“I proposed this stimulus plan to the legislature in November because I know how much our families, frontline workers, and small businesses need relief. This bipartisan bill will provide families and businesses the support they need to stay afloat as we continue working to distribute the safe and effective vaccine and eliminate COVID-19 once and for all,” Whitmer said. “There is still more work to do to eliminate this virus and grow our economy. All Michiganders have a personal responsibility to do their part and mask up, practice safe social distancing, and avoid indoor gatherings where the virus can easily spread from person to person. We will beat this virus together.”

The governor also signed bipartisan Senate Bill 604 extending unemployment benefits for Michiganders who have lost work as a result of the COVID-19 pandemic from 20 to 26 weeks until the end of March 2021.

Senate Bill 604 was sponsored by Senator Curtis Hertel.

“No Michigander should have to worry about how to put food on the table or pay their bills, especially during a global pandemic,” said Whitmer. “These bipartisan bills are an important step in providing immediate relief for working families, but there is more work to do. I urge the legislature to take further action to make this permanent. 40 states, including all of our neighbors, automatically provide at least 26 weeks of unemployment relief. Michiganders deserve better than a short-term extension that expires in March. It’s time to work together on a bipartisan, long-term solution for working families.”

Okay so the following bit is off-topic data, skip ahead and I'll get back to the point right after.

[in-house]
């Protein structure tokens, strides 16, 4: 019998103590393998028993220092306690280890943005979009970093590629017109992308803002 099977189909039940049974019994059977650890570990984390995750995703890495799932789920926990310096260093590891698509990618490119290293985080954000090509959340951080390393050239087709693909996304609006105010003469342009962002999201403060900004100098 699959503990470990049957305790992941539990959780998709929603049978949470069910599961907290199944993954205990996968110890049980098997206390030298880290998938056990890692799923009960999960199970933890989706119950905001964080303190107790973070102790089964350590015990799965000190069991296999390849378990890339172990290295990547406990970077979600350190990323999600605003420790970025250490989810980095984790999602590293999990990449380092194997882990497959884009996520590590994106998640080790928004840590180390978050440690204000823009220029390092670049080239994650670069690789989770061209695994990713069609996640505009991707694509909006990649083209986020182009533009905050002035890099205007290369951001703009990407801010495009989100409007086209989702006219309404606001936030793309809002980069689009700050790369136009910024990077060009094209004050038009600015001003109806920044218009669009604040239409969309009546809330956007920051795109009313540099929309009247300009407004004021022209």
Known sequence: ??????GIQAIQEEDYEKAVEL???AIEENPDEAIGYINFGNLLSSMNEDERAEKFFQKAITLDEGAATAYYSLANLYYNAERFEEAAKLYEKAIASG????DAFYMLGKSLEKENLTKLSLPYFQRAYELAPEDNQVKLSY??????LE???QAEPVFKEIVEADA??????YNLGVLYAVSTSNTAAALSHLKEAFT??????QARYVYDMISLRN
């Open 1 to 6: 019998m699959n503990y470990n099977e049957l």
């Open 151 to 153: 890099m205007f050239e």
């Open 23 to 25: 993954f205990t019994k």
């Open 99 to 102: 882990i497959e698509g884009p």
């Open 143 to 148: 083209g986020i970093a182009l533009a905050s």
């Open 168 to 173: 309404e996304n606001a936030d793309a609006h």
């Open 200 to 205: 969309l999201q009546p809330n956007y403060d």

Since March 15, Governor Whitmer’s administration has paid nearly $27 billion in benefits to nearly 2.3 million workers.

When she signed the bipartisan relief bill, Governor Whitmer line item vetoed items not subject to negotiated agreement.

That includes a $220 million giveaway of taxpayer money to the employer-owned Unemployment Insurance Trust Fund – a pool of funds designed to help businesses fund benefits for laid off workers.

“General fund dollars must be used to fund essential services like vaccines and PPE, not to give tax breaks to big businesses,” Whitmer said.

The Unemployment Insurance Agency has also provided more than $900 million in tax breaks to businesses impacted by COVID-19.